• 27. Some macroeconomics related to our fisheries…
  • 28. 0 50,000 100,000 150,000 200,000 250,000 300,000 350,000 400,000 450,000 500,000 0% 5% 10% 15% 20% 25% 30% 35% 1980 1982 1984 1986 1988 1990 1992 1994 1996 1998 2000 2002 2004 2006 2008 2010 2012 Thousandtonnes Cod catch (r-axis) EBITDA (%) EBITDA average (%) Quita system adopted Assignment of quota allowed 15% 7% Earnings of Icelandic fisheries companies, EBITDA Source: Statistics Iceland 22%
  • 29. Finally: To the politics of they system…
  • 30. Catch share of the ten largest quota holders 24% 32% 47% 52% 1992 1999 2004 2014 Source: Directorate of Fisheries
  • 31. Direct public charges imposed on fisheries companies 0 5 10 15 20 25 30 2004 2005 2006 2007 2008 2009 2010 2011 2012 2013 ISKbllion Paid income tax Paid social security fee Other fees Fishing fee Source: Directorate of Internal Revenue
  • 32. By courtesy of Arctic Photo, Reykjavik, Iceland New High North horizion... By courtesy of Arctic Photo Ltd, Reykjavik, Iceland The debate ahead…The stormy debate ahead....
  • 33. By courtesy of Arctic Photo, Reykjavik, Iceland New High North horizion... By courtesy of Arctic Photo Ltd, Reykjavik, Iceland Thank you for your kind attention

Editor's Notes

  1. Ladies and gentlemen It gives me great pleasure to be addressing you here today. To talk about fish has always come naturally to Icelanders, be it fish to capture, fish to export or fish to enjoy as food. Our story , right from the settlement of Iceland in the 9th century has been interwoven with fish and other living marine resources usually in the form of how we could catch a bit more. Even if fisheries are still economically very important, our economy has diversified very significantly in recent decades and new sectors have evolved. Fishing and fish processing have become integrated into the economy as never before with many of the larger companies listed on the Icelandic Stock Exchange. But before we come to the fisheries issues let me give you a snapshot of the main pillars of the Icelandic economy as it is today.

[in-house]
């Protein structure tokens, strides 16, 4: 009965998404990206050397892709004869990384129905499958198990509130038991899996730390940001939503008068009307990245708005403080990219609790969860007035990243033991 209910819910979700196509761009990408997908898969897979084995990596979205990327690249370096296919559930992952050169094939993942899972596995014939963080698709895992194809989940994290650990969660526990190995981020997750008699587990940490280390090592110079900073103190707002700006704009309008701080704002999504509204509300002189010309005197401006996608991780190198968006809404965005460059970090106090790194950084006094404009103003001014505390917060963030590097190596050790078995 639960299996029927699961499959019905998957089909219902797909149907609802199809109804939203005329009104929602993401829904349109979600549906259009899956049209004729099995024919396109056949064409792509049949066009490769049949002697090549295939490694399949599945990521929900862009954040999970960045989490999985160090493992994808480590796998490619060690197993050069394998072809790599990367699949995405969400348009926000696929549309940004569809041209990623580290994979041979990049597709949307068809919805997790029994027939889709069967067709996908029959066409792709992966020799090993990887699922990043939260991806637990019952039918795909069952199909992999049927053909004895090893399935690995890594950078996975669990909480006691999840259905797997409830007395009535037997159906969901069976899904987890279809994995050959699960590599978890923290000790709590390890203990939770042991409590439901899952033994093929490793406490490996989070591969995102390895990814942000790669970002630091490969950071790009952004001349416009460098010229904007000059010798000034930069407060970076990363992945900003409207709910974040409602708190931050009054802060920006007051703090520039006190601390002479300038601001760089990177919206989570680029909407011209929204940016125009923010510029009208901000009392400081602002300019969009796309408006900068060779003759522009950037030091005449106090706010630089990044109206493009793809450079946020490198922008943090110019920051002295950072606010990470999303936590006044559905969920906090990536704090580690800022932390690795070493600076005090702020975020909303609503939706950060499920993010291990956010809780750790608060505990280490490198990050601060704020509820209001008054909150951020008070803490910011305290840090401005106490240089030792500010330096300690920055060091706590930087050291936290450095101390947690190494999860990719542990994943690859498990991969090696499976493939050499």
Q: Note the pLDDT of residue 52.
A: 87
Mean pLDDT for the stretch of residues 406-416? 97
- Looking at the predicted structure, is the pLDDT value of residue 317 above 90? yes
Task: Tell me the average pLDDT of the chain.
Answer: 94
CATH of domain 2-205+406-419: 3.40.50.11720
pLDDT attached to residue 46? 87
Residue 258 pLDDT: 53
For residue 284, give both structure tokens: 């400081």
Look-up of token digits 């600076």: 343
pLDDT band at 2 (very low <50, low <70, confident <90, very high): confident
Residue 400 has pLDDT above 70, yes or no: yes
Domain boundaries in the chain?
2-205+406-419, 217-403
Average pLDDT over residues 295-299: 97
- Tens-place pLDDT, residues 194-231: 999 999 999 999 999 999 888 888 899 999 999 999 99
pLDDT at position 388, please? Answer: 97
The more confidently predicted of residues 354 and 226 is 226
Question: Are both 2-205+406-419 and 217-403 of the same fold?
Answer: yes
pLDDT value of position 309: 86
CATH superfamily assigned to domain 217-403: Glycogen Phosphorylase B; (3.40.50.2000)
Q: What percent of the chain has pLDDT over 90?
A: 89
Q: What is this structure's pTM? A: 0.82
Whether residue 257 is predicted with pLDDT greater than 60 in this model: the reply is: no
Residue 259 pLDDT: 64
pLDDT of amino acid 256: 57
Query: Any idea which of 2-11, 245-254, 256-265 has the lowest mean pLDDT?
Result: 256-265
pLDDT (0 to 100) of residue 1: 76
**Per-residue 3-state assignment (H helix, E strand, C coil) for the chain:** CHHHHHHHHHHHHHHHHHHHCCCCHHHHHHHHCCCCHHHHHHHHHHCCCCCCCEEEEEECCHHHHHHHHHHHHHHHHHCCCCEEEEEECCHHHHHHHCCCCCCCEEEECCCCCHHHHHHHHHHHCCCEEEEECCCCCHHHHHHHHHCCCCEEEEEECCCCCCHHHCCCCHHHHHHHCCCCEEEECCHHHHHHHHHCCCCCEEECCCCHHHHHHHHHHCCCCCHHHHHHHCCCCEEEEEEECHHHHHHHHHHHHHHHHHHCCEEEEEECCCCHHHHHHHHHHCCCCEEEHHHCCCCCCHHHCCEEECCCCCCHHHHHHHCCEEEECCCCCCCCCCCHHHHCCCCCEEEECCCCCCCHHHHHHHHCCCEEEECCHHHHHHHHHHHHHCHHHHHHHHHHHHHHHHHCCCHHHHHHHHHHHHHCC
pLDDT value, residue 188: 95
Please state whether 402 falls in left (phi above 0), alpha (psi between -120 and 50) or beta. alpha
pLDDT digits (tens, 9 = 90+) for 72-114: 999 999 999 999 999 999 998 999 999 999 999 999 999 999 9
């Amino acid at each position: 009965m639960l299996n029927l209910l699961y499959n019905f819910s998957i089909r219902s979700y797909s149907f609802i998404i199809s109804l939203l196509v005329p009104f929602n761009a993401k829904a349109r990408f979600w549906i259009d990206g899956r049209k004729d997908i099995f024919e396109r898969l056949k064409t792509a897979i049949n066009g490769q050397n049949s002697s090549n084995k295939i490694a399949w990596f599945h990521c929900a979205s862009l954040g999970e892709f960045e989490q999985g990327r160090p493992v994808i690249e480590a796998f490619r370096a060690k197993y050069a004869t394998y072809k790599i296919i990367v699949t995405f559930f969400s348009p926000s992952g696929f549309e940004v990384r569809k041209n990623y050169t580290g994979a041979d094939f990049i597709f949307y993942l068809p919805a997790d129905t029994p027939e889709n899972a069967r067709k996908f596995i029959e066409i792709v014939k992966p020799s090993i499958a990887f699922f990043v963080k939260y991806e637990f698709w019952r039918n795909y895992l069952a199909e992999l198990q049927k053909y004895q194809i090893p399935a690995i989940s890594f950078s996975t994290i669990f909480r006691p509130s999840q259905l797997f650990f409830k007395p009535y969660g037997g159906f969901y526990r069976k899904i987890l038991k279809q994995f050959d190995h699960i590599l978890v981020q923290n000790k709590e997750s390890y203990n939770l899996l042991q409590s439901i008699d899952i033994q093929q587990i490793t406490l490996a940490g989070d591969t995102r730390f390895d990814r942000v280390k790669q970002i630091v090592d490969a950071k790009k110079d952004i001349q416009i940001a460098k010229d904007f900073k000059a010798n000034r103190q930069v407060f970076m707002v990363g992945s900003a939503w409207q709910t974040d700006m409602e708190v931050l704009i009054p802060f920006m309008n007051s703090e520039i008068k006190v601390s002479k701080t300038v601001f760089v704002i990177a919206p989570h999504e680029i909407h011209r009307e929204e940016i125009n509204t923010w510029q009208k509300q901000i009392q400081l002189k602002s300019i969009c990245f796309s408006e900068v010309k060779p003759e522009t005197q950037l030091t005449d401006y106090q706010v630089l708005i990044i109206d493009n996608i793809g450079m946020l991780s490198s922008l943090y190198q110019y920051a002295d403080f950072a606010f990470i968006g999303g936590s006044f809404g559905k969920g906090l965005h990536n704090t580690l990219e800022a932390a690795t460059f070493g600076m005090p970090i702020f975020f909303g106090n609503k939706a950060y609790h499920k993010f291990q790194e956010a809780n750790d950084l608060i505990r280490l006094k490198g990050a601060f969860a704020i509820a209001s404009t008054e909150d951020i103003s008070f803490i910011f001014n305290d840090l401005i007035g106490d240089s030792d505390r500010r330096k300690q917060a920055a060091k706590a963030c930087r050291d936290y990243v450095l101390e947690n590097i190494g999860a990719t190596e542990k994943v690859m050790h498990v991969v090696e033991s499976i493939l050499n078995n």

2. These are the three pillars of the Icelandic economy that is generating foreign currency: Aluminium production making use of Iceland´s ample sources of hydroelectric and geothermal electricity, our rich fishing grounds that I will talk about in greater detail and then the newcomer, tourism that over the last few years has reached a scale that we have never seen before. In economic terms tourism is becoming the number one foreign currency generating industry. So, almost a million tonnes of aluminium, over one million tonnes of fish and about one million tourists per year. That is quite a bit for a nation that counts only 330 thousand people.
  3. And then to fisheries. I will be talking a bit about sophisticated, high tech fisheries. Therefore, this picture taken last month of a fishing vessel coming to harbor in the West Fjords in Iceland is a good reminder that fishing still is a close affair with the forces of nature. And it is not true that the fishermen on board don’t get seasick. They do. In this talk I will try to give you a brief account of the Icelandic fisheries management system, how it came about, how it has evolved and the current political debates about its future. I will also try to give you some data on how our fisheries have evolved from a biological, economic and social viewpoints.
  4. But first, a taste of the past. This picture shows what a typical fishing boat looked like. We used these open boats for centuries even long after foreigners fishing in our waters had been using large decked vessels powered by sail. Up to the second World War Iceland was one of the poorest countries in Europe.